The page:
Seems that baby boomers are now Instagram-ing, WhatsApp-ing and SnapChat-ing just like younger Digital Natives do. How widespread those apps are in the enterprise is another matter, but it’s a reminder never to make assumptions about apps users. Yet, certain job titles do sometimes conjure up a mental picture of how we think some people actually work.
Mention “accountant”, and you might visualize a gray picture of quiet, introspective types, heads down in books and spreadsheets, papers flying, calculators working overtime, phones to their ears begging cash from customers and wiring funds to suppliers, while accounting for all the money. Not terribly social, then? The polar opposite of those freewheeling “Mad Men” sales rep CRM types, out meeting and greeting, getting their message across to make that sale, perhaps? In fact, the finance department is a hive of social activity.
Accountants. “Life in the fast lane” is contextual. But social activity in the finance department happens at a pace few other jobs experience. And they use applications too…
I spoke with David Haimes, Senior Director in Oracle Financials Applications, about the social side of the finance department. David understands the reality of his applications users. “Their most critical time is the 5-10 days after period close when everything has to be closed out and reported”, David told me. “There’s a huge amount of effort and social interaction going on”.
During the close process, David said teams need to exchange information and make decisions as quickly as possible and still satisfy business and legal requirements. Accounting teams were early adopters and heavy users of instant messaging, email distribution lists (with Microsoft Excel spreadsheet attachments), wikis, file sharing workspaces, and of course, the old fashioned telephone. But these tools were external to the financial application and data. The user experience was disjointed. Who works well in a silo? And, there was no audit trail. David has seen accounting teams copying and pasting emails into documents and attaching them to meet that audit requirement.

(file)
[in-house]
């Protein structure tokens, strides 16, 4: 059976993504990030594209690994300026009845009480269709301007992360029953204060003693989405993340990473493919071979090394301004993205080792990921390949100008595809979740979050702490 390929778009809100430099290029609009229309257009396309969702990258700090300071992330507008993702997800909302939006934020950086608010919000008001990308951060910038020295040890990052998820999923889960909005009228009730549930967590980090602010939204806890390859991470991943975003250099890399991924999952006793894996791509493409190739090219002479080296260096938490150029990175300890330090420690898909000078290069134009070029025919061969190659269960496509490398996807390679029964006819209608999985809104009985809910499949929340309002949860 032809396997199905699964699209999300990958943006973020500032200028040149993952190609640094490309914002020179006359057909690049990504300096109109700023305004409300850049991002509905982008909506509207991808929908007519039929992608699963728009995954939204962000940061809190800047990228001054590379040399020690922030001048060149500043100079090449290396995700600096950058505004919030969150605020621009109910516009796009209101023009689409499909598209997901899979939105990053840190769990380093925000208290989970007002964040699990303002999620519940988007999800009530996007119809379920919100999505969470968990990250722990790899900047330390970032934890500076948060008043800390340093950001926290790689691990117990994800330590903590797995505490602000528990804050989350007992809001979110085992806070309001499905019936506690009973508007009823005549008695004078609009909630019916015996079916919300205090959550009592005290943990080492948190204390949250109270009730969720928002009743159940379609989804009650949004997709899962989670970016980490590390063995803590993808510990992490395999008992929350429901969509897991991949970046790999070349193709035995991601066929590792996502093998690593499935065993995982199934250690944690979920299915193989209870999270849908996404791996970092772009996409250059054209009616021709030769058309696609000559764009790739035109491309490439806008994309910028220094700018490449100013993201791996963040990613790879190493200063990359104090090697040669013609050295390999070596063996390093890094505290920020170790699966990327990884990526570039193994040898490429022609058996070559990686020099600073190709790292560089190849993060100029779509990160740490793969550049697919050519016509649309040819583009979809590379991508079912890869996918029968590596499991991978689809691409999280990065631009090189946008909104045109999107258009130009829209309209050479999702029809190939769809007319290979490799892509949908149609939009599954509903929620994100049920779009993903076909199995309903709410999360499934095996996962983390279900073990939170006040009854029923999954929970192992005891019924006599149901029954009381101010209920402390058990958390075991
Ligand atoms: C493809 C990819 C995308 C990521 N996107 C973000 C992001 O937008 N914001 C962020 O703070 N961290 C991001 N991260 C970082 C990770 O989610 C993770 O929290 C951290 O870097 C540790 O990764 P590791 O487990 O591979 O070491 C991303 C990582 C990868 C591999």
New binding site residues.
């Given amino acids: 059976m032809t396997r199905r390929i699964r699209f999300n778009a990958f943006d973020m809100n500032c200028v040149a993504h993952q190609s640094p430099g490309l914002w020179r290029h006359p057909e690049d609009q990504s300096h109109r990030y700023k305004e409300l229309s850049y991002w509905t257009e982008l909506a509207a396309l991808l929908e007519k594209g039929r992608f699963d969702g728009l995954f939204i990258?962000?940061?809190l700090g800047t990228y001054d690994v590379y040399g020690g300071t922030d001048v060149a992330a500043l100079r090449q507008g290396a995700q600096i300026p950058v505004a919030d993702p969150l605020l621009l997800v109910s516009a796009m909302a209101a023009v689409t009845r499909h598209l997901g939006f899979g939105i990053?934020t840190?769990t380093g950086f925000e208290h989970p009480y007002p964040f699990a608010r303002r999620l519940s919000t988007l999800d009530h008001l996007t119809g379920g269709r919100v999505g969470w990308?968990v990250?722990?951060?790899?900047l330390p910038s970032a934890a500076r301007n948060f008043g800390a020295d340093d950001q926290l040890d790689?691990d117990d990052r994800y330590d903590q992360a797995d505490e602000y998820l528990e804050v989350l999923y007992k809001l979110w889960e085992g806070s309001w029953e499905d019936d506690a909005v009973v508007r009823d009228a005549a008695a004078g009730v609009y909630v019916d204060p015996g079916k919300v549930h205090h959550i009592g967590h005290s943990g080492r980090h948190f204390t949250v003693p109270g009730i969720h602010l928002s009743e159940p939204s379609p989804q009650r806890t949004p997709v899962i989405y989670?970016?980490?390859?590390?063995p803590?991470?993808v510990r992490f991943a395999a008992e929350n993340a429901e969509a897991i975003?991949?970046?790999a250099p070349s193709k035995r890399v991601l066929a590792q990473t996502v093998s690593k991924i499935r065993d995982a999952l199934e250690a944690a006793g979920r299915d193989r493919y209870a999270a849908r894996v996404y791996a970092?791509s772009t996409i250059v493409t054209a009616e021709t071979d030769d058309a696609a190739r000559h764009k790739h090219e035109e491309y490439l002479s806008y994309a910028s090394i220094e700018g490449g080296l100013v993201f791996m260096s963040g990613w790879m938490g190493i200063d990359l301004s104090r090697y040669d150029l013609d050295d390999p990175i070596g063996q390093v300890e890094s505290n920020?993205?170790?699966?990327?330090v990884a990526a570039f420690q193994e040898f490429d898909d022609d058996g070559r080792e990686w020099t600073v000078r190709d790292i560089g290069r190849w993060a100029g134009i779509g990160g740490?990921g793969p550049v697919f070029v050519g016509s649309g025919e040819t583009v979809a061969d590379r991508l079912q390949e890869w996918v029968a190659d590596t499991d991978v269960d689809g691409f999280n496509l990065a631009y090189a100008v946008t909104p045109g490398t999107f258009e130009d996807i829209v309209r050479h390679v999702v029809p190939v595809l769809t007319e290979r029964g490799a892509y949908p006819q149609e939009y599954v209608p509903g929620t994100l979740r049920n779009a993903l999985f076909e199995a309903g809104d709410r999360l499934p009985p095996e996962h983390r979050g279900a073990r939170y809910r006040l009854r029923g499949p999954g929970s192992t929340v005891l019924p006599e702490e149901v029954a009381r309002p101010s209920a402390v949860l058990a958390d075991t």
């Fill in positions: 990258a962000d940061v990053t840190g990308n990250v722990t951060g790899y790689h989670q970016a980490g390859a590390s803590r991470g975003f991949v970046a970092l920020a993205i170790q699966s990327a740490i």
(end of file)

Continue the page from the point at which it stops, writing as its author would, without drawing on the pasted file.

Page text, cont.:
“The finance department has to make sure everything is correct and legal,” David said. “They’re reporting not just to internal management, but to Wall Street, to tax authorities, and to other legislative bodies. And, since the Sarbanes-Oxley act, CEOs are legally responsible for the correctness of the accounts,” David reminded me. That’s pressure.
Things are even more hectic when you consider the nature of the enterprise financial department today, with its distributed team members with shared service centers offshore and everyone working in different countries and time zones. Everyone needs to communicate and collaborate efficiently, yet securely and transparently.
That’s where Oracle Social Network is a financial department win.
- Oracle Social Network conversations are tied to business objects and transactions, enabling finance teams to easily share and collaborate in a role-based way.
- Oracle Social Network conversations are auditable (which is “usually the first question I’m asked,” says David).
- Oracle Social Network conversations are searchable.
- Oracle Social Network is secure, with users with the right permissions working together on information stored in an Oracle database.
- Oracle Social Network is integrated with Oracle Financials applications, so the user experience is streamlined.
“[Oracle Social Network] is a game changer in the finance department,” says David, not just for the closing period but also for daily financial activity. And, Oracle Social Network is available as a cloud service, with iOS and Android mobile apps versions too.
A close process conversation using Oracle Social Network integrated with Oracle Fusion Financials—an enterprise social user experience for the finance department that’s secure and efficient.
With the Oracle Social Network user experience in the finance department, Oracle also satisfies today’s workforce that expects social networking tools to be as much a part of their work lives as their personal lives. Said David: “Younger users are already familiar with how social networking sites work and how they’re easy to use, and that’s the sort of user experience we need to reflect. It’s demanded.”
Having a social networking application as part of the job makes hiring and onboarding easier too, offering benefits right across the enterprise. And it’s not only Digital Natives or Millennials who easily take to integrated social networking in work. Even senior users now see the benefits.
Socializing the finance department with Oracle technology is an example of how a great user experience can engage workers, accelerate performance and efficiency, deliver productivity for business while meeting the consumer technology demands of end users, and satisfy the requirements of stakeholder user groups such as other departments, auditing and security teams, tax authorities, reporting agencies, shareholders, and so on.
Read more about socializing the finance department on the Oracle Applications blog and David’s blog (a bookmark must) too. And, check out what the Oracle Social Network Cloud Service now offers and how it benefits your users and business.